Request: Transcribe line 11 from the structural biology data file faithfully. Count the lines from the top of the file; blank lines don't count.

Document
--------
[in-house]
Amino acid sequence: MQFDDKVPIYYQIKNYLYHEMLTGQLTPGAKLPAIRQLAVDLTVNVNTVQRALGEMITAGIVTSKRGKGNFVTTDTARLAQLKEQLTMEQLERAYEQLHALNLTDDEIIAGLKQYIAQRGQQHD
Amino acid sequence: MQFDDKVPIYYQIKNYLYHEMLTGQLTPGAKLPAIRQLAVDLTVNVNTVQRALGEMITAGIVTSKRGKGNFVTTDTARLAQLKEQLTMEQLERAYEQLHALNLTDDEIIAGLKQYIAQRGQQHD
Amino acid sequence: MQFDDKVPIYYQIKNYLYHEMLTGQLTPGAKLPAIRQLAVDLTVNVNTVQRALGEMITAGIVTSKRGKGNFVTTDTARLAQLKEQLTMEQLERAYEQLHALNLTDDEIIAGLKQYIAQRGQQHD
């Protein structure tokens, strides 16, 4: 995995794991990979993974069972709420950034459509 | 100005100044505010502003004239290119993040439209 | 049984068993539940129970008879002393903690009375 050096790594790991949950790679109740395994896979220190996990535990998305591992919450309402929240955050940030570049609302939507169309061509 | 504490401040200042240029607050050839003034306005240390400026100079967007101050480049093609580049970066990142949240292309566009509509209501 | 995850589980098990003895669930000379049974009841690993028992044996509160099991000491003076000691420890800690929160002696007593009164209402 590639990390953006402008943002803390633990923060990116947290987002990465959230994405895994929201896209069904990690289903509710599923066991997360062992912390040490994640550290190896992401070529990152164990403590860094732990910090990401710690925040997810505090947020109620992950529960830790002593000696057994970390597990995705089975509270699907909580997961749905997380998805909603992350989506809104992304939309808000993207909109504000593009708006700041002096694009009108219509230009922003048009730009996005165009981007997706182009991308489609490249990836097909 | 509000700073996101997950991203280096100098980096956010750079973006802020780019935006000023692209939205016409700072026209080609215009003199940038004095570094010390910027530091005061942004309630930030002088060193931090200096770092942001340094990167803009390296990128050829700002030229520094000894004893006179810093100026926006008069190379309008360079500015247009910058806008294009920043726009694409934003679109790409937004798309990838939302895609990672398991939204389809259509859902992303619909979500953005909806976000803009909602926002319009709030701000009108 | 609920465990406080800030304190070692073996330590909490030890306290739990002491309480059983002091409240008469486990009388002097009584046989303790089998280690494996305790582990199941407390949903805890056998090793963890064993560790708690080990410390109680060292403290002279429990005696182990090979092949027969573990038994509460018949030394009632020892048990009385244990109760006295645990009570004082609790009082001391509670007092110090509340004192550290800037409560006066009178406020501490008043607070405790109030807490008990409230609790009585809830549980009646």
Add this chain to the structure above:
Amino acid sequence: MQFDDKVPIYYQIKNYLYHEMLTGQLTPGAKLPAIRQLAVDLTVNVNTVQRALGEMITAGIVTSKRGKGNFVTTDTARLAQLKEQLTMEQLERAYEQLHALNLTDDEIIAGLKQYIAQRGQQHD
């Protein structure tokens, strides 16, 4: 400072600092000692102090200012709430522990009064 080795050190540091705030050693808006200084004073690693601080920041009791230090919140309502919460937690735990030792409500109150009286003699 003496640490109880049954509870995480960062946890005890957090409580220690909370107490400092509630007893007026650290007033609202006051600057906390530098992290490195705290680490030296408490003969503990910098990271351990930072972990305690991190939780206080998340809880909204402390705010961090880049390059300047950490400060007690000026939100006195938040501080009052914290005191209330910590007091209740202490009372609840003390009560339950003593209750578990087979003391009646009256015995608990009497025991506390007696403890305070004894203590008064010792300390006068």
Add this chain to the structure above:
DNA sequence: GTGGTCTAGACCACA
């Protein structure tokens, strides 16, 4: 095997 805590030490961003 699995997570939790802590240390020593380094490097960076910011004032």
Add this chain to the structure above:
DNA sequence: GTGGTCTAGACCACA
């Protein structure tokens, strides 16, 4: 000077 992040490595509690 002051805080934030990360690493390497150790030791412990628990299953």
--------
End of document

């Protein structure tokens, strides 16, 4: 095997 805590030490961003 699995997570939790802590240390020593380094490097960076910011004032």